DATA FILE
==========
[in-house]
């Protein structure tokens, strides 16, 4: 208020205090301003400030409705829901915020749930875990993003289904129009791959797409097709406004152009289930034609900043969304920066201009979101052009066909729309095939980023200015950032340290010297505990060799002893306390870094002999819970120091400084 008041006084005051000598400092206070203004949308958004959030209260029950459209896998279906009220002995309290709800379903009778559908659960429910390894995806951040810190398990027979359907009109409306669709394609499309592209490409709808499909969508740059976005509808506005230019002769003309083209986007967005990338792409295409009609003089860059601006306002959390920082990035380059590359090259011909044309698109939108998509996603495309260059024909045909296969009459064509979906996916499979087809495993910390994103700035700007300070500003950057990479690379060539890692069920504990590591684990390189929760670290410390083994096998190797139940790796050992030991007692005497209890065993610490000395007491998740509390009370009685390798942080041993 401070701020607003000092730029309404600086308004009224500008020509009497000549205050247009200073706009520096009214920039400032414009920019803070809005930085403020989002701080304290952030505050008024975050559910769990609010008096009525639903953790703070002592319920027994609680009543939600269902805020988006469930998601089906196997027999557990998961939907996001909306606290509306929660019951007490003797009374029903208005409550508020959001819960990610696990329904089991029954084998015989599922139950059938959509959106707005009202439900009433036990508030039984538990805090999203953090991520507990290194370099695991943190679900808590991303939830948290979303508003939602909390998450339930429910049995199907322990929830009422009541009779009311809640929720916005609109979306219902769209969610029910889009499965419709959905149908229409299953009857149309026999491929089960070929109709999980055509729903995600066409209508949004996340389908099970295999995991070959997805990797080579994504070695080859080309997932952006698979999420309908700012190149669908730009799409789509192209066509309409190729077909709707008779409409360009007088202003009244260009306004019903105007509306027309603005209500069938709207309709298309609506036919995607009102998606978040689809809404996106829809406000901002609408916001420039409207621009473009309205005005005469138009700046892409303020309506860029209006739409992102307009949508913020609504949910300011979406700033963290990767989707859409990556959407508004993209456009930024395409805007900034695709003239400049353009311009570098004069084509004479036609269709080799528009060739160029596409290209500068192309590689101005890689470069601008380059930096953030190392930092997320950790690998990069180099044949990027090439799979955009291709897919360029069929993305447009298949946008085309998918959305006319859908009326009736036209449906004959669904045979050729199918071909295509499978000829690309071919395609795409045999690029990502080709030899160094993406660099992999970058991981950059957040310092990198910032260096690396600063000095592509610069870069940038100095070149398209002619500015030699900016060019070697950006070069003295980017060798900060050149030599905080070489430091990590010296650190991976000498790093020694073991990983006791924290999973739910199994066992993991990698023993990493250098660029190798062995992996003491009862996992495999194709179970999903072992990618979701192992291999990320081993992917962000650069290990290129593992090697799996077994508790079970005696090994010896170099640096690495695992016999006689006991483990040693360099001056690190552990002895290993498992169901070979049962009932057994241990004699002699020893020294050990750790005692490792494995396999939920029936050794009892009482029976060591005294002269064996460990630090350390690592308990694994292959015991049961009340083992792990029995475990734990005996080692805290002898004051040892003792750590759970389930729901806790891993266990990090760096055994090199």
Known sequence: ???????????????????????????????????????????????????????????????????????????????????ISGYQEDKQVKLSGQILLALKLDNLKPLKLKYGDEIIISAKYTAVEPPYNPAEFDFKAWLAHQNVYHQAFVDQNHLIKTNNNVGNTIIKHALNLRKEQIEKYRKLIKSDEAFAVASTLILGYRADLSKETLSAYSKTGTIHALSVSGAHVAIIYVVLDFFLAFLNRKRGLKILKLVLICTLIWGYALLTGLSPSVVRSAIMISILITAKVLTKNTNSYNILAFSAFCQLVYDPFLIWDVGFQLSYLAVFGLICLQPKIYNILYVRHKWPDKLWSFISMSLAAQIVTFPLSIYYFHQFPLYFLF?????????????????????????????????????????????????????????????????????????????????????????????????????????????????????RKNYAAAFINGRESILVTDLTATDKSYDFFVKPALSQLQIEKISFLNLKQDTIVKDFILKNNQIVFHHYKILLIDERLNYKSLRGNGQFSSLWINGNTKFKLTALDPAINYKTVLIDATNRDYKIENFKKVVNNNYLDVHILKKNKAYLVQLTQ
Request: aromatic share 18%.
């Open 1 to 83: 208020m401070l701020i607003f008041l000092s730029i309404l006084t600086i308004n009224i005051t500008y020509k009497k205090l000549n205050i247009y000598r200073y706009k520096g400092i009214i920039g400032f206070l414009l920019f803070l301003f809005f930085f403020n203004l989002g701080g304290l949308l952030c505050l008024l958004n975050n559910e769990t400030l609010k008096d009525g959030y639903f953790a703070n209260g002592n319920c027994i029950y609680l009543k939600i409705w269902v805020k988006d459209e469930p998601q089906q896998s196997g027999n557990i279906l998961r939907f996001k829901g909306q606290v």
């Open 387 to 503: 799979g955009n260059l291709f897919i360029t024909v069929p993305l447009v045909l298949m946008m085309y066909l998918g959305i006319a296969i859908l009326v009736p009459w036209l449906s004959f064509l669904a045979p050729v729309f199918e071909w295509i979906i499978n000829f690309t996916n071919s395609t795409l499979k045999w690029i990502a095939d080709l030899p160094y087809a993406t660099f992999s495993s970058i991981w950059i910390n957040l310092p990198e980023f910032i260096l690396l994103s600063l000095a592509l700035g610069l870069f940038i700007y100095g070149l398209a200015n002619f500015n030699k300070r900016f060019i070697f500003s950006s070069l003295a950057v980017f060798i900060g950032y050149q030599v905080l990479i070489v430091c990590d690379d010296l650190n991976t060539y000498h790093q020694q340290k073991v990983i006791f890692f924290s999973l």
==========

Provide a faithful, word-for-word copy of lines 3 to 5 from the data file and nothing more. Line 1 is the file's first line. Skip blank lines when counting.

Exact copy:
Known sequence: ???????????????????????????????????????????????????????????????????????????????????ISGYQEDKQVKLSGQILLALKLDNLKPLKLKYGDEIIISAKYTAVEPPYNPAEFDFKAWLAHQNVYHQAFVDQNHLIKTNNNVGNTIIKHALNLRKEQIEKYRKLIKSDEAFAVASTLILGYRADLSKETLSAYSKTGTIHALSVSGAHVAIIYVVLDFFLAFLNRKRGLKILKLVLICTLIWGYALLTGLSPSVVRSAIMISILITAKVLTKNTNSYNILAFSAFCQLVYDPFLIWDVGFQLSYLAVFGLICLQPKIYNILYVRHKWPDKLWSFISMSLAAQIVTFPLSIYYFHQFPLYFLF?????????????????????????????????????????????????????????????????????????????????????????????????????????????????????RKNYAAAFINGRESILVTDLTATDKSYDFFVKPALSQLQIEKISFLNLKQDTIVKDFILKNNQIVFHHYKILLIDERLNYKSLRGNGQFSSLWINGNTKFKLTALDPAINYKTVLIDATNRDYKIENFKKVVNNNYLDVHILKKNKAYLVQLTQ
Request: aromatic share 18%.
């Open 1 to 83: 208020m401070l701020i607003f008041l000092s730029i309404l006084t600086i308004n009224i005051t500008y020509k009497k205090l000549n205050i247009y000598r200073y706009k520096g400092i009214i920039g400032f206070l414009l920019f803070l301003f809005f930085f403020n203004l989002g701080g304290l949308l952030c505050l008024l958004n975050n559910e769990t400030l609010k008096d009525g959030y639903f953790a703070n209260g002592n319920c027994i029950y609680l009543k939600i409705w269902v805020k988006d459209e469930p998601q089906q896998s196997g027999n557990i279906l998961r939907f996001k829901g909306q606290v």